Ranking 11th in the United States, Colorado has an estimated six million acres of windy lands primarily on the high plains. In support of harnessing this renewable energy resource, Colorado has a created a regulatory environment to attract the development of wind power.
Policies that encourage wind power include Energy Efficiency Resource Standards and Renewable Energy Standards. Just last year the Colorado House Bill 1001 was signed into law establishing a new Renewable Energy Standard requiring retail electric providers to generate a portion of their electricity from renewable sources, including wind. In 2015, the Renewable Energy Standard in Colorado bumps up to 20%, and in 2020, jumps to 30%. As a balancing partner the Energy Efficiency Resource Standard mandates that investor-owned utilities must increase their energy efficiency requiring an 11.5% decrease in energy use by 2020. These two important energy standards promote the rapid growth of wind and other renewable energies in Colorado over the coming years and decrease in wasteful energy consumption.
Legislation passed over the last decade has also resulted in local and state level tax credits, incentives, rebates, loans and grants for renewable energy projects. The most significant programs for the wind industry are the state property tax incentives and grant programs. Grants are awarded from the Clean Energy Fund on a competitive basis.
Colorado ranks as one of the top five states in terms of capital generated for energy-related projects. Through 2010, Colorado for energy efficiency and renewable energy projects were designated more that $768 million in federal stimulus support. The Governor’s Energy Office program has a $13 million budget, $12 million of which will go towards large renewable energy companies that have struggled to obtain bank loans and $1 million to be used to support energy efficiency projects for small businesses.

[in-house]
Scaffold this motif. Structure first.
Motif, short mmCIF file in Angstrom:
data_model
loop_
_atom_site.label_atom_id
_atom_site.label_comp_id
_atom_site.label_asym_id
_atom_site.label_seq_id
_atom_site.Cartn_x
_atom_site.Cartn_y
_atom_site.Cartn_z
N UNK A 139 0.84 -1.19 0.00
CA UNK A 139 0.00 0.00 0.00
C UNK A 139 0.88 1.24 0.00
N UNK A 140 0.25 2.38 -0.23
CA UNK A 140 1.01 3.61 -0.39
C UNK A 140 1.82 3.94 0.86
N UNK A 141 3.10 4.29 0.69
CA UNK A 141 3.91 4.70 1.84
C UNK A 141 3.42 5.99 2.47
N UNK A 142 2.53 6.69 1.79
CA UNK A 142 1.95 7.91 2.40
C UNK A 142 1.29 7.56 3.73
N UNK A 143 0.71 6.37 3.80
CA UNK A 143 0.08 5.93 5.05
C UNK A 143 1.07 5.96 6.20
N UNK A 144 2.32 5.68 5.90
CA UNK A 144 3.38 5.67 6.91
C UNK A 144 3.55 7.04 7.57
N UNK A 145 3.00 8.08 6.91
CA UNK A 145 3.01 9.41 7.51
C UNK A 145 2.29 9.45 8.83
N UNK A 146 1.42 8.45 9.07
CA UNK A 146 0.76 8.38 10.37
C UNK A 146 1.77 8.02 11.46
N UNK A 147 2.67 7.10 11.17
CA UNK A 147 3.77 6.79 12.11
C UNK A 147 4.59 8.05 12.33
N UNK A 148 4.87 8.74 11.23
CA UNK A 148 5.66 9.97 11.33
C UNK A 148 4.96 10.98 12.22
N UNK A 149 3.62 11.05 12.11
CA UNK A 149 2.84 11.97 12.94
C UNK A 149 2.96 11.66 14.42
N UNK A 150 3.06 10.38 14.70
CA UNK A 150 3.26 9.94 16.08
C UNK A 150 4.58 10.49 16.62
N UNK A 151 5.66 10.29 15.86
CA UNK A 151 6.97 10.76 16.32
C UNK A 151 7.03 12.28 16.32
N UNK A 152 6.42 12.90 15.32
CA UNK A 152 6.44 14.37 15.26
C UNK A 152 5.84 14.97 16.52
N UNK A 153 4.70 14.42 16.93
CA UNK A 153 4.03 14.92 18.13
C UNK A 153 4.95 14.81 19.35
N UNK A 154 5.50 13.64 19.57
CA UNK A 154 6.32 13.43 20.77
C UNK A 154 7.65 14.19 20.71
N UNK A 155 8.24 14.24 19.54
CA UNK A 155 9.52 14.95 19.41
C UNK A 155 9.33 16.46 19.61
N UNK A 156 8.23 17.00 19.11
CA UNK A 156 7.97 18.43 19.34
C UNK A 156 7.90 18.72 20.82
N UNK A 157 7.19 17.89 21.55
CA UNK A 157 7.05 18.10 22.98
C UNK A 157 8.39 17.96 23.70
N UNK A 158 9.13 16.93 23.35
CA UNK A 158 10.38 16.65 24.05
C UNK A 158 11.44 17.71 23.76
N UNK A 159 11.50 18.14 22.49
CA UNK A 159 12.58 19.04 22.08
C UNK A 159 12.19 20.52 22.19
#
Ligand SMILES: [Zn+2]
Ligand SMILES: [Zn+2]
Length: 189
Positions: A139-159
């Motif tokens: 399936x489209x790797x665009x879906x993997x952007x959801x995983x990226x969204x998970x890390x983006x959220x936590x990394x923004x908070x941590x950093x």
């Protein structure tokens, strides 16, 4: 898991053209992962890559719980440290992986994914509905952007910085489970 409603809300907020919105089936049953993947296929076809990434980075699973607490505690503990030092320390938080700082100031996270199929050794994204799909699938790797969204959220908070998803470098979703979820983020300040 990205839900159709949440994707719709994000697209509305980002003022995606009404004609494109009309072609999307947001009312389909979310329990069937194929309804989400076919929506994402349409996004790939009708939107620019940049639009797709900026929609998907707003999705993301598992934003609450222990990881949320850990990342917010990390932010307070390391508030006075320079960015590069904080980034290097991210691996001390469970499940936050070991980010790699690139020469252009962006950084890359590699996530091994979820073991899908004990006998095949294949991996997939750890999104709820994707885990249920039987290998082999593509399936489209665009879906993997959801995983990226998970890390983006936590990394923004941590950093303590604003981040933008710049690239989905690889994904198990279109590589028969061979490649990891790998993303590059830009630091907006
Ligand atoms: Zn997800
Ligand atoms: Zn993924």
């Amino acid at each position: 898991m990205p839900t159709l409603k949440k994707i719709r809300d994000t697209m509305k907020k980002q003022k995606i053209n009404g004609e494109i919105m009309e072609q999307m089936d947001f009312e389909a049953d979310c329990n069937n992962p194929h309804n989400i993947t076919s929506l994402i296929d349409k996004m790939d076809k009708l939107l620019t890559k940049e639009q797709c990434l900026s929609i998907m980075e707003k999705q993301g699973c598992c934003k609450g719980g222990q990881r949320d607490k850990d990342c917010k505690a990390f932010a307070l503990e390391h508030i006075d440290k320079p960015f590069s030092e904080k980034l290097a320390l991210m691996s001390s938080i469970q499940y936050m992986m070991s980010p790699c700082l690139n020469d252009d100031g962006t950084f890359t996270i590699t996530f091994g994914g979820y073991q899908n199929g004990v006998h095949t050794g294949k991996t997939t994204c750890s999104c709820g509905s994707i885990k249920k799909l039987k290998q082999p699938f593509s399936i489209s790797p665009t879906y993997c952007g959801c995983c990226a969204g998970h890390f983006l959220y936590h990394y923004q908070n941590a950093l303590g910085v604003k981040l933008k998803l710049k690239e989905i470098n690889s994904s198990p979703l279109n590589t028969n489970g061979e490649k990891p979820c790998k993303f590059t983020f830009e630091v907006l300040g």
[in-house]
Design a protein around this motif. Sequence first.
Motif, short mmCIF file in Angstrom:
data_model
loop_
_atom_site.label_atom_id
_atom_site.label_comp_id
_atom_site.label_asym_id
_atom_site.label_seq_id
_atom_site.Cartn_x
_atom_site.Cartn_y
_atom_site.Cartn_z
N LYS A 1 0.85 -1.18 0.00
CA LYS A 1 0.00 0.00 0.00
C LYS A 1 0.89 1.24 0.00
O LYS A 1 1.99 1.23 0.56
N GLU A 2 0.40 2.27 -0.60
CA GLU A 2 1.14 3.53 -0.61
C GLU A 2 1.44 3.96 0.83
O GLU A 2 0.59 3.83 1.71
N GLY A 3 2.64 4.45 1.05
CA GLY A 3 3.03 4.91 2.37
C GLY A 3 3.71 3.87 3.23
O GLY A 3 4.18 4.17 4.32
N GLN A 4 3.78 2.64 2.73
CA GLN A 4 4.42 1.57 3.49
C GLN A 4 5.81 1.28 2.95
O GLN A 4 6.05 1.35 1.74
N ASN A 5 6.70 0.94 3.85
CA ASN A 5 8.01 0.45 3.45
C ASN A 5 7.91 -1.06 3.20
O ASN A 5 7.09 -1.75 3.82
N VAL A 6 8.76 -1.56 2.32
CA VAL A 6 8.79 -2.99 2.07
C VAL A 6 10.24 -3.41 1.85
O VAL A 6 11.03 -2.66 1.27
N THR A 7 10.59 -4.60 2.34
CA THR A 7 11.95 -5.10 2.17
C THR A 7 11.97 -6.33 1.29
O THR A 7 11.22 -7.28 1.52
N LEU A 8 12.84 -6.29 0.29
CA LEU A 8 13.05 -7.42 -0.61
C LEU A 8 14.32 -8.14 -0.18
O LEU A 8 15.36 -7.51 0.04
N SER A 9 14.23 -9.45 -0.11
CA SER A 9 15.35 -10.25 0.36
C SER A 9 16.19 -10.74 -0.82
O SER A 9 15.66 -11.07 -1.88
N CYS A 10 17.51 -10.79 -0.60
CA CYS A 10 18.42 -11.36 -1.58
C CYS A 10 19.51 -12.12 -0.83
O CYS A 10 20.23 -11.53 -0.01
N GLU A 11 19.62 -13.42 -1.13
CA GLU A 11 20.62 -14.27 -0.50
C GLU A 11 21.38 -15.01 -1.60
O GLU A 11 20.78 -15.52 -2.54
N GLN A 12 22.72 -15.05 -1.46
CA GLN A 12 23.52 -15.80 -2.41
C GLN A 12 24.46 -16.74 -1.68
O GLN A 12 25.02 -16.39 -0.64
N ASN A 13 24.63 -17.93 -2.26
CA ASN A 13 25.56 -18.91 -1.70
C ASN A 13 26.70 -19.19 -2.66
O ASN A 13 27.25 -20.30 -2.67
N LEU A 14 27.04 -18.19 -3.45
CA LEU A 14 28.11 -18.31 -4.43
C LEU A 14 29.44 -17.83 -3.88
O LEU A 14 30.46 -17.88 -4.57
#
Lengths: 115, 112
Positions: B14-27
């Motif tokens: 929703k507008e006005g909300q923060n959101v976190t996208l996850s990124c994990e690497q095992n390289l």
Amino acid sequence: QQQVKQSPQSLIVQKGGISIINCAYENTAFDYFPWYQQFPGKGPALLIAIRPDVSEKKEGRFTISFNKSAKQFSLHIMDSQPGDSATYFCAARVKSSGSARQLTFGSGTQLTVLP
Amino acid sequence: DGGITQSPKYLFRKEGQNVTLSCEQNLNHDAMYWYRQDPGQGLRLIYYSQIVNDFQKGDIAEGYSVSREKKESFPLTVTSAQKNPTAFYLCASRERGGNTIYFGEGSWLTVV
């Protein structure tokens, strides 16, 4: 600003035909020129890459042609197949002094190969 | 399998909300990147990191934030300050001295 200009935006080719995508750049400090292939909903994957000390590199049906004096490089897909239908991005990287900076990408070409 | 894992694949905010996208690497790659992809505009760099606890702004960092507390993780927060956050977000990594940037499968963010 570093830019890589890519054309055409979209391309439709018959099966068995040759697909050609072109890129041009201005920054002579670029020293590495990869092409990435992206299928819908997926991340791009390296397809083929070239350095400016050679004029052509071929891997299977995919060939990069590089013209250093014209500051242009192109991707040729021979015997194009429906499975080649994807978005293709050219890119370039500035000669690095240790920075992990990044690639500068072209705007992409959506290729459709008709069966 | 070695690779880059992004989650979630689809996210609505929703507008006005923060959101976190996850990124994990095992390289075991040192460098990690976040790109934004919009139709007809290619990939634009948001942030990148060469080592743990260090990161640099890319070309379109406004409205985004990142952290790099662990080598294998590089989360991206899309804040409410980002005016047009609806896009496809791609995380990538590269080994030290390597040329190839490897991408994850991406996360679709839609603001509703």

According to a recent report published by the Metro Denver Economic Development Corporation Colorado ranked 5th among all states for venture capital invested in renewable energy projects between 2006 and 2008, and 15th in competitively awarded federal stimulus grants for renewable energy projects.
Results of these efforts can be easily seen as wind power has nearly quadrupled on the grid since 2006. Several large wind farms with the capacities of more than 800 MW have sprung up in southwest and northeast Colorado. These wind farm are in need of a highly skilled work force and educational programs at the Colorado School of Mines and University of Colorado are attracting area talent.
The state also boasts the fourth highest concentration in the nation of clean energy jobs, with 19,420 jobs in clean energy and clean energy research.Colorado is a leader in the clean tech sub-cluster and while clean tech jobs increased nationally by about 10% over the last five years, Colorado clean tech jobs rose 30%. Much of that growth was in wind energy companies.
Colorado is leading the way in supporting renewable energy resources by creating a regulatory and business environment that is supportive of wind development. Without the measures wind energy would not be as prevalent. It takes a concerted cooperative effort by political and business leaders to implement policy and provide financial incentives to encourage the development of wind energy resources.